Gaining a foothold through education is a rocky road for any immigrant group, but even by those standards New York Mexicans are finding the transition especially hard. Kirk Semple of the New York Times reports that, according to recent census data, 41% of all Mexicans in New York City between the ages of 16 and 19 have dropped out of school. To put this in perspective, no other major immigrant group has a dropout rate higher than 20%. Among Mexican immigrants between the ages of 19 and 23, only 6% are enrolled in college. In addition to faring worse than other immigrant groups, Mexican immigrants in New York are faring far worse than Mexican immigrants in other parts of the United States, and as Mexicans are the fastest growing immigrant group in the city, leaders find this data troubling.
In large part, the issues seem to stem from the ambiguous status of Mexican immigrants in this country. Semple writes:
Many Mexicans are poor and in the country illegally. Parents, many of them uneducated, often work in multiple jobs, leaving little time for involvement in their children’s education.
Some are further isolated from their children’s school life because of language barriers or fear that contact with school officials may lead to deportation.
Unlike some other immigrant populations, like the Chinese, Mexicans have few programs for tutoring or mentoring.
“We don’t have enough academic role models,” said Angelo Cabrera, 35, a Mexican immigrant who runs a nonprofit group that tutors Mexican and Mexican-American students in the basement of a church in the Mott Haven section of the Bronx.
Many young illegal immigrants in New York City say there is no point in staying in school because their lack of legal status limits their access to college scholarships and employment opportunities. Some drop out under the erroneous belief that they are not eligible to attend college. (Illegal immigrants who graduate from a high school in New York State or earn a G.E.D. are not only allowed to attend the state’s public university system, but are also eligible for in-state tuition.)
“They just give up,” said Karina Sosa, 22, a Mexican-American undergraduate at Baruch College and an education activist.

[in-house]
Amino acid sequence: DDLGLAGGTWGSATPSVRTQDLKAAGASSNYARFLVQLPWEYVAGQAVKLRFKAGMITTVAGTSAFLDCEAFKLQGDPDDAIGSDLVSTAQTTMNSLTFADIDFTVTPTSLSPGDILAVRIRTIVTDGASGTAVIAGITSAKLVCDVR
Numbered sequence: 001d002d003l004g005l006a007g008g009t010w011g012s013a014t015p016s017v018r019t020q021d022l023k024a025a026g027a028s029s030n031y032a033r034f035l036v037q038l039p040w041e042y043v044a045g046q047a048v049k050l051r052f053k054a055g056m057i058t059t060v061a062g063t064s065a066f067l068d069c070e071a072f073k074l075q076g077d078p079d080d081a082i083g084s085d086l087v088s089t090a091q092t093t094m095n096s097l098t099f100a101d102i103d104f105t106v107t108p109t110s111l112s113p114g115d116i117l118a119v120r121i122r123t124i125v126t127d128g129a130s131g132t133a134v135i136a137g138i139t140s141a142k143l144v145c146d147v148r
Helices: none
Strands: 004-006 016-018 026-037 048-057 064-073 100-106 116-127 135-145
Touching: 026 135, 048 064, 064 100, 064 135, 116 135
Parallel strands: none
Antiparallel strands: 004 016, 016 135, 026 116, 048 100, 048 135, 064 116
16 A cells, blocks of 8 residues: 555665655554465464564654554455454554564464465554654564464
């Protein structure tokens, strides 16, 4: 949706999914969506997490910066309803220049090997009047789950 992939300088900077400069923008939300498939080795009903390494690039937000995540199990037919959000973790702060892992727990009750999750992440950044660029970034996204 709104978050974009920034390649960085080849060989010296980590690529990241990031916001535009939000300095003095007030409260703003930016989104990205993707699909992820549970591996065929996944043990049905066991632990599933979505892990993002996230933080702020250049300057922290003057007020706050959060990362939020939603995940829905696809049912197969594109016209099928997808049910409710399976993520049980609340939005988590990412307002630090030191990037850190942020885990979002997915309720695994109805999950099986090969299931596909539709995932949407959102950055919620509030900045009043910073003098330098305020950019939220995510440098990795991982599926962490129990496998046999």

The nature of the immigration debate in this country serves to dehumanize and alienate, which unfortunately seems to be having real life consequences for the children of immigrants whose parents find themselves uninformed about their actual rights and the resources available to them, and afraid or unable to seek help; it’s awful that groups of people are coming to this country to provide better lives for themselves and their children, only to wind up feeling unable to help their children take full advantage.
There are groups devoted to helping, though.
“The loss of talent, of human capital, was simply an educational catastrophe, one that CUNY had no intention of ignoring,” Mr. Hershenson said.
Over the past several years, CUNY, as well as the Mexican consulate in New York, several advocacy groups and others, have established afterschool tutoring, college-readiness and scholarship programs; college admissions and financial aid counseling for students and parents alike; and college fairs aimed at the Mexican population.
The New York Immigration Coalition recently started an initiative to bring more immigrant parents into the schools. Early efforts, in collaboration with the Mexican consulate, focused on Mexicans.
These programs have already yielded some gains, advocates say. In 2000, for instance, the high school dropout rate among Mexican immigrants in the city was 47 percent, six percentage points higher than the current rate.
“There are very few of us working on this problem,” said Mr. Cabrera, who founded his nonprofit organization, MASA-MexEd, after years of struggling to stay in school and get a college degree while also working to support himself. “We have thousands of students who need the support, and we can only provide the support to hundreds.”
Read the original article here to learn more about this staggering issue facing Hispanic youth in the City, and find out how to help.
Photo Credit: Brian Harkin